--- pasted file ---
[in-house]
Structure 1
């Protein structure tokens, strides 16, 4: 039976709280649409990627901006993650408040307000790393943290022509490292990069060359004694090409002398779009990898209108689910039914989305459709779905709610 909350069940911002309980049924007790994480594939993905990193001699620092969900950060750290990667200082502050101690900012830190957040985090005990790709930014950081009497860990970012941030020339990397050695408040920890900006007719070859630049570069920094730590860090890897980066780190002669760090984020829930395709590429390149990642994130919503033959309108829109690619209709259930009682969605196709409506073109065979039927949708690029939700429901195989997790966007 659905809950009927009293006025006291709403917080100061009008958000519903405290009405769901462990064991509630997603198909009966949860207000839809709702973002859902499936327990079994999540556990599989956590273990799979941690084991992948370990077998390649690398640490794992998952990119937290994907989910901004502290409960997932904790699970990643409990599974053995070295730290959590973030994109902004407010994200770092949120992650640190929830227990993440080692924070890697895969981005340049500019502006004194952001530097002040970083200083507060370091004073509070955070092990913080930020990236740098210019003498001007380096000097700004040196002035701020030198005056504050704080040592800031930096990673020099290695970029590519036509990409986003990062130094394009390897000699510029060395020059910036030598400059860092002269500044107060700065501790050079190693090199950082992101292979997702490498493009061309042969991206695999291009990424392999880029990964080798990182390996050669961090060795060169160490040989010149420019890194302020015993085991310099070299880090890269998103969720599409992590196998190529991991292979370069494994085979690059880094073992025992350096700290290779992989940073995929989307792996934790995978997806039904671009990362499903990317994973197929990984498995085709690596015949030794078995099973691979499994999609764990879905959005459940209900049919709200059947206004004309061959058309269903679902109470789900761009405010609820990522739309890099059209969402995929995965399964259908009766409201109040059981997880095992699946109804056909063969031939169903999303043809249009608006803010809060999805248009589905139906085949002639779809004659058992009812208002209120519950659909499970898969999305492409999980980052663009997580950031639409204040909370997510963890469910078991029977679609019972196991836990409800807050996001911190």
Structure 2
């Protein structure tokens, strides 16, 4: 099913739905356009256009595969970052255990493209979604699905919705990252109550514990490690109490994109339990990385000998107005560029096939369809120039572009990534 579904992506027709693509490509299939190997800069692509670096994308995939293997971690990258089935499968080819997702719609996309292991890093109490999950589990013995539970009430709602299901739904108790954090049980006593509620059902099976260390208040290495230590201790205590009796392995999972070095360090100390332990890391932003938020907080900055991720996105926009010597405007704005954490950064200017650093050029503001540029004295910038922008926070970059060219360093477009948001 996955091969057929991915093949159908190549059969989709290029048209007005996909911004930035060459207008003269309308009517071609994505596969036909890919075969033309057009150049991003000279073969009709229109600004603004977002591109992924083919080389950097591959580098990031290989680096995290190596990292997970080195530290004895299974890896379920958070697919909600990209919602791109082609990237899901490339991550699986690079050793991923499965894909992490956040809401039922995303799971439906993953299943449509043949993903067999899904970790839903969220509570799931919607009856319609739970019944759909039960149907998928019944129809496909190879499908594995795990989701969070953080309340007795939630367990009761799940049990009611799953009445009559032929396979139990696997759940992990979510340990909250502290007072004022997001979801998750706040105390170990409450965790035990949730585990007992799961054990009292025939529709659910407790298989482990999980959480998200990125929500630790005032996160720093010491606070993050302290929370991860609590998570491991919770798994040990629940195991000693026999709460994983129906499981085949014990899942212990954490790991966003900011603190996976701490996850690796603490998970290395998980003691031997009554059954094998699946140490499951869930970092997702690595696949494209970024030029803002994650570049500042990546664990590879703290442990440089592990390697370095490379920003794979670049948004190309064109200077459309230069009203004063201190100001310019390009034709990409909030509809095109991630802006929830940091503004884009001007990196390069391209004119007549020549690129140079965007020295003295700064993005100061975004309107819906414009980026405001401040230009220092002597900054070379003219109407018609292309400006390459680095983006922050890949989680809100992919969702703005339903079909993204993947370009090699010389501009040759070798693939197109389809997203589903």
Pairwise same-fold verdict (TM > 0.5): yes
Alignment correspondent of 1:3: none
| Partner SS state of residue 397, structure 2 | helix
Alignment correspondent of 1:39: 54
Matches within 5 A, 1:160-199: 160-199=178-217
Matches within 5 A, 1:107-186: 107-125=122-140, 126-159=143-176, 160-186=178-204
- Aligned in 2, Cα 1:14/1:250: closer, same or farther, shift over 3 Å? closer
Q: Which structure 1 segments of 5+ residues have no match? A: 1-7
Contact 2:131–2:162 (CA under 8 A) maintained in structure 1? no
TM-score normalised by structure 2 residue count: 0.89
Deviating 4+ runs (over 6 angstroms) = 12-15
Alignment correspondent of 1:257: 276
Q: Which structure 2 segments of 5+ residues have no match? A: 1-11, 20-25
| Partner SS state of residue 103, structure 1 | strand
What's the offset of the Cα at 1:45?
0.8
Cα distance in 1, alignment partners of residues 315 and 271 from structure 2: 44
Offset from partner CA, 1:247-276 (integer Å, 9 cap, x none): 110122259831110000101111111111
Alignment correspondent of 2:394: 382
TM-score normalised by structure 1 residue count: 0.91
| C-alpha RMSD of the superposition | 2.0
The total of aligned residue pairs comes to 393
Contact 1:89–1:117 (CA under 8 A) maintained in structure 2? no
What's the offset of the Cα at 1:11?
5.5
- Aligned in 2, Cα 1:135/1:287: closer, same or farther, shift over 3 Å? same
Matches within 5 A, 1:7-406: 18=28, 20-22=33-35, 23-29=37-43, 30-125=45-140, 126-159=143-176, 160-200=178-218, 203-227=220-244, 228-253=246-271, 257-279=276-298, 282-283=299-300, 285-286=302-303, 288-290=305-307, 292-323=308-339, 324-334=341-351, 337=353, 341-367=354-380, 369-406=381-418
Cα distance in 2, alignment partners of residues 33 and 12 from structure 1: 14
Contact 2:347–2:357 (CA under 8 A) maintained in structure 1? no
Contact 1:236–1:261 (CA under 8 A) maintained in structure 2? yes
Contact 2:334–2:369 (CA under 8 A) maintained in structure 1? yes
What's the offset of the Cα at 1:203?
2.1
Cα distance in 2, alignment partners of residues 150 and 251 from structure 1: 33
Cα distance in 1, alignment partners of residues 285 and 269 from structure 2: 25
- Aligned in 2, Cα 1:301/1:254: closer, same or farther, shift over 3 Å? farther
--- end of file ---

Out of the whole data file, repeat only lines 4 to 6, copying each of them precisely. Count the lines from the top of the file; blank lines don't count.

Structure 2
């Protein structure tokens, strides 16, 4: 099913739905356009256009595969970052255990493209979604699905919705990252109550514990490690109490994109339990990385000998107005560029096939369809120039572009990534 579904992506027709693509490509299939190997800069692509670096994308995939293997971690990258089935499968080819997702719609996309292991890093109490999950589990013995539970009430709602299901739904108790954090049980006593509620059902099976260390208040290495230590201790205590009796392995999972070095360090100390332990890391932003938020907080900055991720996105926009010597405007704005954490950064200017650093050029503001540029004295910038922008926070970059060219360093477009948001 996955091969057929991915093949159908190549059969989709290029048209007005996909911004930035060459207008003269309308009517071609994505596969036909890919075969033309057009150049991003000279073969009709229109600004603004977002591109992924083919080389950097591959580098990031290989680096995290190596990292997970080195530290004895299974890896379920958070697919909600990209919602791109082609990237899901490339991550699986690079050793991923499965894909992490956040809401039922995303799971439906993953299943449509043949993903067999899904970790839903969220509570799931919607009856319609739970019944759909039960149907998928019944129809496909190879499908594995795990989701969070953080309340007795939630367990009761799940049990009611799953009445009559032929396979139990696997759940992990979510340990909250502290007072004022997001979801998750706040105390170990409450965790035990949730585990007992799961054990009292025939529709659910407790298989482990999980959480998200990125929500630790005032996160720093010491606070993050302290929370991860609590998570491991919770798994040990629940195991000693026999709460994983129906499981085949014990899942212990954490790991966003900011603190996976701490996850690796603490998970290395998980003691031997009554059954094998699946140490499951869930970092997702690595696949494209970024030029803002994650570049500042990546664990590879703290442990440089592990390697370095490379920003794979670049948004190309064109200077459309230069009203004063201190100001310019390009034709990409909030509809095109991630802006929830940091503004884009001007990196390069391209004119007549020549690129140079965007020295003295700064993005100061975004309107819906414009980026405001401040230009220092002597900054070379003219109407018609292309400006390459680095983006922050890949989680809100992919969702703005339903079909993204993947370009090699010389501009040759070798693939197109389809997203589903």
Pairwise same-fold verdict (TM > 0.5): yes